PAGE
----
Exadata added Flash Cache in the second (V2) and third (X2-2, X2-8) versions. It’s essentially solid state storage (as cards, not disks) in the storage cells that is configured as a write-through (read) cache. So, if you ask for a block and we don’t find it in the SGA, we go to the storage cells. If it’s in Flash, we can return it from there. If not, we grab the block off disk, then optionally copy it to Flash so the next time we need to read that block from “disk” we can return it from Flash instead. The single-block read times from flash are often under a millisecond. It provides a nice step down in access time between RAM and disk. A full rack has 5.3 TB of Flash Cache, so we can cache A LOT of blocks there. I’ve skipped a lot of details here, but I can tell you from the results of several OLTP POVs that I’ve worked on that it plays a very significant role in OLTP performance. There’s a nice white paper on Flash Cache here (PDF).

APEX is Only for Departmental Applications, Why Would I Run it on Exadata?

Anybody connected to the APEX community know that this has a lot more to do with product positioning than it does actual capabilities. There are plenty of enterprise-class APEX apps there. One great example is the new Oracle Store. APEX is a great front-end to database centric applications. Exadata is a great platform for databases. Enough said.

Posted in APEX, Exadata | Tagged: , , | 5 Comments »

Logger, A PL/SQL Logging and Debugging Utility

Posted by Tyler Muth on November 3, 2009

I’ve been gradually building out a logging utility for PL/SQL over the last year or so. It’s been a huge help on some complicated projects, especially in APEX Applications with a lot of AJAX. I’m sure most people reading this have been stuck on a problem, created a logging table, and sprinkled a few inserts in their code to see what’s going on and when. It’s amazing how much faster you resolve these issues if the table is already there and the inserts are now just a short procedure call. Anyone that’s ever used Firebug probably can’t imagine it without console.log() or console.dir(). Yes, you can use dbms_output.put_line or htp.p, but those fall over pretty quick in a web environment with HTTP Posts or worse, a lot of AJAX Posts / Gets. Additionally, if you’re a Tom Kyte groupie, you’ve probably heard him talk about the value of instrumentation more than once.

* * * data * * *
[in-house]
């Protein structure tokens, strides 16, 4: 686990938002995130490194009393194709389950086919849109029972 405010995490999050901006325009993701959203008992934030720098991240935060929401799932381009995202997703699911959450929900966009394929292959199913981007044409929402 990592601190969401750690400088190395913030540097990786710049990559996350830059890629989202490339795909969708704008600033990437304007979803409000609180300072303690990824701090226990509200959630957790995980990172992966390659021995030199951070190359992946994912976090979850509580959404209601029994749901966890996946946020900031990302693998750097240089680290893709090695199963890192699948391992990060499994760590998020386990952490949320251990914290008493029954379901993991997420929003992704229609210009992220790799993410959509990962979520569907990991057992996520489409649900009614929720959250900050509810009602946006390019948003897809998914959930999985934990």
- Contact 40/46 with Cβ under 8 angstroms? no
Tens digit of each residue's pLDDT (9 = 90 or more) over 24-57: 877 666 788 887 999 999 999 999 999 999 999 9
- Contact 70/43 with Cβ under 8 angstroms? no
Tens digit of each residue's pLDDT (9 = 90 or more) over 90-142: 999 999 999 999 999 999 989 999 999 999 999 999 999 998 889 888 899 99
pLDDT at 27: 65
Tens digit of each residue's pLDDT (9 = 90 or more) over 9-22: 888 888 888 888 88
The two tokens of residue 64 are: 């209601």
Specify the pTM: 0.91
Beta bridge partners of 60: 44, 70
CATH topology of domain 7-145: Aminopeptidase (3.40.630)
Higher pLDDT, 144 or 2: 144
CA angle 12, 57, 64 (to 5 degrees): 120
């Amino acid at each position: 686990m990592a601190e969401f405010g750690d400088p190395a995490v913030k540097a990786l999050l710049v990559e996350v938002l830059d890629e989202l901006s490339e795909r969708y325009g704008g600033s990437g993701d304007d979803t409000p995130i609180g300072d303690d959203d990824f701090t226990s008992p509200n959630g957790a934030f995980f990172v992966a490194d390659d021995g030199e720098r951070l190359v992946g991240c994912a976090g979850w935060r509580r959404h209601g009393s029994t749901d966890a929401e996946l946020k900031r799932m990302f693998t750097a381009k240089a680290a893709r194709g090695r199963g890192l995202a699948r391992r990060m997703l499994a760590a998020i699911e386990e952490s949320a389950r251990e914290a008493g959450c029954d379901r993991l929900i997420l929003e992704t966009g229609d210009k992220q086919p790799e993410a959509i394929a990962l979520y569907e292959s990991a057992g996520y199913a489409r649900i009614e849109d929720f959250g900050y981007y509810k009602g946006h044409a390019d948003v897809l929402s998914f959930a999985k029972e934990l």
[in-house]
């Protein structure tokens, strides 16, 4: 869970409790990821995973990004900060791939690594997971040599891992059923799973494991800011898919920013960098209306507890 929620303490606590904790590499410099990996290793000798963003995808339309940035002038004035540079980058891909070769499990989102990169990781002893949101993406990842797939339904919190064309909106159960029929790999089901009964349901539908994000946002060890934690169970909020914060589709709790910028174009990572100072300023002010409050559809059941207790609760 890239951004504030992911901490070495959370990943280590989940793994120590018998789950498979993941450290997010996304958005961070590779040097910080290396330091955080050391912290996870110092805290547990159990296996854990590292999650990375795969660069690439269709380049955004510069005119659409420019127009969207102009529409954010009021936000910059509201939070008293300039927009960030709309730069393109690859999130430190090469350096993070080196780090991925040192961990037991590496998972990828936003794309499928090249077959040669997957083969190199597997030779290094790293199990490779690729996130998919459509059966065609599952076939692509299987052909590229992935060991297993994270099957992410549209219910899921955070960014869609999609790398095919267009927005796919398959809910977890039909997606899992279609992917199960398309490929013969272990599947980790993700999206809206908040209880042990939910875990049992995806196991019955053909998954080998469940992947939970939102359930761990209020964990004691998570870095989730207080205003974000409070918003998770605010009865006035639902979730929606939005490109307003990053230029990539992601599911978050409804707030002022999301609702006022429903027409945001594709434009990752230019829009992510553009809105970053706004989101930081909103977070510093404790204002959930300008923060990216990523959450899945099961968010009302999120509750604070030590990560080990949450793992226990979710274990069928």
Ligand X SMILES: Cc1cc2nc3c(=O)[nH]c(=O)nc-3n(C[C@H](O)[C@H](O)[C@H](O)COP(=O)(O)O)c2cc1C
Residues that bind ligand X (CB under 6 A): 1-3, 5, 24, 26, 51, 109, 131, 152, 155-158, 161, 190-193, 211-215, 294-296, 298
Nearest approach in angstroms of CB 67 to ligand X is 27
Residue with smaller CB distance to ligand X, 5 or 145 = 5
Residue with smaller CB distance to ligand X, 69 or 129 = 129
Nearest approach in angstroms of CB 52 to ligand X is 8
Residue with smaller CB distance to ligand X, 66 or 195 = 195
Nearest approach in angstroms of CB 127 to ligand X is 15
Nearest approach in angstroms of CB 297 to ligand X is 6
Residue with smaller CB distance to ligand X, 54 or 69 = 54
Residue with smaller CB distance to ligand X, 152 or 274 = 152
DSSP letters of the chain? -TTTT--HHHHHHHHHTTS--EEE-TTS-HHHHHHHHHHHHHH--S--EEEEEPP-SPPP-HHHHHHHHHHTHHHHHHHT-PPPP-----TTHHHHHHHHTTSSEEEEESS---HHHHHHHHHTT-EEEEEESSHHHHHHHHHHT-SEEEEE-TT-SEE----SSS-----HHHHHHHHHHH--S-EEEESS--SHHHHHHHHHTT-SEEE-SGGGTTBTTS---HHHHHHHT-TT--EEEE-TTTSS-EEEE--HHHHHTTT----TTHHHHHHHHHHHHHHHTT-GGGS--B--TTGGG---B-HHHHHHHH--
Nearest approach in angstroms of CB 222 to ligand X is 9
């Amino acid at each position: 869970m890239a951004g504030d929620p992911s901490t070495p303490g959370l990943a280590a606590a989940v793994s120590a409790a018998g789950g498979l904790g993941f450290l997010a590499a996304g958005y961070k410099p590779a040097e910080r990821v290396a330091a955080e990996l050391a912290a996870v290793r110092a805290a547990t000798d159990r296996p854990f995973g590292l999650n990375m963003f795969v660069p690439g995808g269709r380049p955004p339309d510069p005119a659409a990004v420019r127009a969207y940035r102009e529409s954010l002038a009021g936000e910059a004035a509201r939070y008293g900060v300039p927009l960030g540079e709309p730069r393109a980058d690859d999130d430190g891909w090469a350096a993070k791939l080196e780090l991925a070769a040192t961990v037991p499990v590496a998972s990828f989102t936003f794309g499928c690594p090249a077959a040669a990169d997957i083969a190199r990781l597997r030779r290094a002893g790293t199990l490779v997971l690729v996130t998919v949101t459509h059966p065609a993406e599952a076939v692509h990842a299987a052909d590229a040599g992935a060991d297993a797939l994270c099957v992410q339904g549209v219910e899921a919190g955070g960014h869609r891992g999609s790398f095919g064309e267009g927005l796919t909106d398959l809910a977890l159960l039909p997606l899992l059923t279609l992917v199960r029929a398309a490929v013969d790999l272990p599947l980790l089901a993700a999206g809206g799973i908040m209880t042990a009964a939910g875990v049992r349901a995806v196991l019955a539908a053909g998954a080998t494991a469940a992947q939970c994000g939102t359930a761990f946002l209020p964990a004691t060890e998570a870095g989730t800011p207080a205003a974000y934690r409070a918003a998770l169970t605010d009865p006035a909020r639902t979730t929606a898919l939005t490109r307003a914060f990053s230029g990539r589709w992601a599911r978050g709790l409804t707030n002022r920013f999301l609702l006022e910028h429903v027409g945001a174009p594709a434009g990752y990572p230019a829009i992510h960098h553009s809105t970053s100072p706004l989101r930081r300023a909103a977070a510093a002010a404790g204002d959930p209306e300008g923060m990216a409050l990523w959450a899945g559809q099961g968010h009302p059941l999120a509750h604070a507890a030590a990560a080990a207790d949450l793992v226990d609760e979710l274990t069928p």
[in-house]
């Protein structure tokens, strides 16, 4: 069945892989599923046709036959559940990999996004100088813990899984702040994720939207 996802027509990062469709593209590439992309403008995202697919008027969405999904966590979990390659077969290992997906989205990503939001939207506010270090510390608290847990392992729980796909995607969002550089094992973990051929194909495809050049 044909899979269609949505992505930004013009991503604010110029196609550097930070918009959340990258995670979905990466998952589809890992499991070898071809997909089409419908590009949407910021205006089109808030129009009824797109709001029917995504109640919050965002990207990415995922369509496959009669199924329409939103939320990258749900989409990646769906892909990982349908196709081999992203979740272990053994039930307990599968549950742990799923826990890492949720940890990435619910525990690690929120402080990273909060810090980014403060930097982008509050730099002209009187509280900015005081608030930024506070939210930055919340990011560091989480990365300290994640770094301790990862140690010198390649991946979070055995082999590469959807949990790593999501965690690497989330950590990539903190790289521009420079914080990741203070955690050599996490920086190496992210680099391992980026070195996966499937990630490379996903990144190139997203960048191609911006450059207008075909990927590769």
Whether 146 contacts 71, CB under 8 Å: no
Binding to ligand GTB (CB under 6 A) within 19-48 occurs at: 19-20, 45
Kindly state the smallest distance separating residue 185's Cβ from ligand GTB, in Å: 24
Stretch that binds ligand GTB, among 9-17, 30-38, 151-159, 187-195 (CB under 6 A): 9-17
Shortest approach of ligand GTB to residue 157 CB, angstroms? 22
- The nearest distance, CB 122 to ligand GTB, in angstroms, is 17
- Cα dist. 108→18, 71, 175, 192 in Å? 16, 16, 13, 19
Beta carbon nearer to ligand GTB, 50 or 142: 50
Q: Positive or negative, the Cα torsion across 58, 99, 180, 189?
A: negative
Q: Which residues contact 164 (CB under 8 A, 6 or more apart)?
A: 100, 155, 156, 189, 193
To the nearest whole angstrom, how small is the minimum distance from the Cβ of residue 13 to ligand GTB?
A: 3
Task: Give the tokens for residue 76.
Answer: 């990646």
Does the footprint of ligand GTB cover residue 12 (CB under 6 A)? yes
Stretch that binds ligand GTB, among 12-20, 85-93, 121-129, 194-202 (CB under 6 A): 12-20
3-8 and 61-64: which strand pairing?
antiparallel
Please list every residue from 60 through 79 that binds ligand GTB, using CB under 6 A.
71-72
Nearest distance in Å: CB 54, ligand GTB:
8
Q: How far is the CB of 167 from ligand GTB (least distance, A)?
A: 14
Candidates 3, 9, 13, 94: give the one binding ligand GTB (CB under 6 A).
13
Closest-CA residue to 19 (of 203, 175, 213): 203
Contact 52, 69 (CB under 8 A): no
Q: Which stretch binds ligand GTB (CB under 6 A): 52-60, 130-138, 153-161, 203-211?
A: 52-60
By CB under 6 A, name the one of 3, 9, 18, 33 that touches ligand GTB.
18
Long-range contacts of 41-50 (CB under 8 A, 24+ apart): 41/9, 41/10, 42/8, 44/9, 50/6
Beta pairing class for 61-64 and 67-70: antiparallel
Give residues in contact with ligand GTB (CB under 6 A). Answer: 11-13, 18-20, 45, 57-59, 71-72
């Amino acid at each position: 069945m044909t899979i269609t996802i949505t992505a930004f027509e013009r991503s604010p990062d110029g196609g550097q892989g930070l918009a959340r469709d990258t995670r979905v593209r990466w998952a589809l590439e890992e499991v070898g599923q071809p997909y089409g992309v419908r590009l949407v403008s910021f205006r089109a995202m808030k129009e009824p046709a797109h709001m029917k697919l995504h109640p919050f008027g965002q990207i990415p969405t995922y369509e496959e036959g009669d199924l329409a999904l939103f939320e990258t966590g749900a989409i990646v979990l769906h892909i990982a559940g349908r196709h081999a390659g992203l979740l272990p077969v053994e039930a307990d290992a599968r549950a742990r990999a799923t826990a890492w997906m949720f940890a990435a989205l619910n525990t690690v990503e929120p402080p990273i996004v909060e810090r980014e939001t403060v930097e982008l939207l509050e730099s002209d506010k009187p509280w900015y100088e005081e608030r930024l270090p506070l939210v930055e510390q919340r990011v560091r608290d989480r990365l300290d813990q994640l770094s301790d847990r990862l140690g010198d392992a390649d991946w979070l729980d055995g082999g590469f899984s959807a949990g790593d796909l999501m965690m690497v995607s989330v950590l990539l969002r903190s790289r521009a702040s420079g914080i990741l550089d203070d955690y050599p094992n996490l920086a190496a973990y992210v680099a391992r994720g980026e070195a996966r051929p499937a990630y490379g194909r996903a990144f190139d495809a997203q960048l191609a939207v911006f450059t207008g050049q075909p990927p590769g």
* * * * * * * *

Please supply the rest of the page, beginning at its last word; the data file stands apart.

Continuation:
Now that you know the “why”, lets talk about what Logger is.  It’s just a couple of tables and a PL/SQL package that make all of this easier for you.  I’ll give you a brief summary of features here, but for full details you should go to the project page at https://logger.samplecode.oracle.com.  So, the super short demo is:

logger@orcl> exec logger.log('hello world');

PL/SQL procedure successfully completed.

logger@orcl> select * from logger_logs_terse;

     ID LOGGER_LEVEL TIME_AGO             TEXT
------- ------------ -------------------- ---------------------
     48           16 35 seconds ago       hello world

Features Include:

  • Easily Enable / Disable all logging
  • Minimal Overhead.  There’s even a NO-OP version of the package that you can use for production if you’re really paranoid. It’s just a stub of the logger package that doesn’t write to or depend on any tables (or any other objects).
  • Automatically purges debug messages older than 7 days.  This is completely configurable
  • Ability to time blocks of code
  • Log sys_context(‘userenv’,”) variables
  • Log APEX Item Names and Values
  • Automatically captures key session information such as module, action, client_identifier including APEX session ID, timestamp, call stack.

I’d like to thank all of the community members that tested and contributed ideas for logger including:

I would love to get more feedback from the community as well.  You can either comment here, or use one of the 3 discussion forums I created for logger listed on the project page just above the download link.

The Fastest Way to Store / Retrieve a Cross Session Variable

Posted in APEX, Oracle, PLSQL | Tagged: , , | 44 Comments »

The Fastest Way to Store / Retrieve a Cross Session Variable

Posted by Tyler Muth on October 20, 2009

I’m working on a logging / debugging utility in my spare time that allows a developer to set the logging level. Currently I’m using Conditional Compilation to completely remove all logging code as this was the fastest way I could think of to do it. After talking it over with Tom Kyte, he brought up a very important point that since this technique relies on recompiling the logging package, this will invalidate any code that calls it which could be undesirable (potentially disastrous) in a production environment. His solution? Use Function Result Cache if the logger is installed in an 11g Database which should be plenty fast and not require recompilation to change the logging level.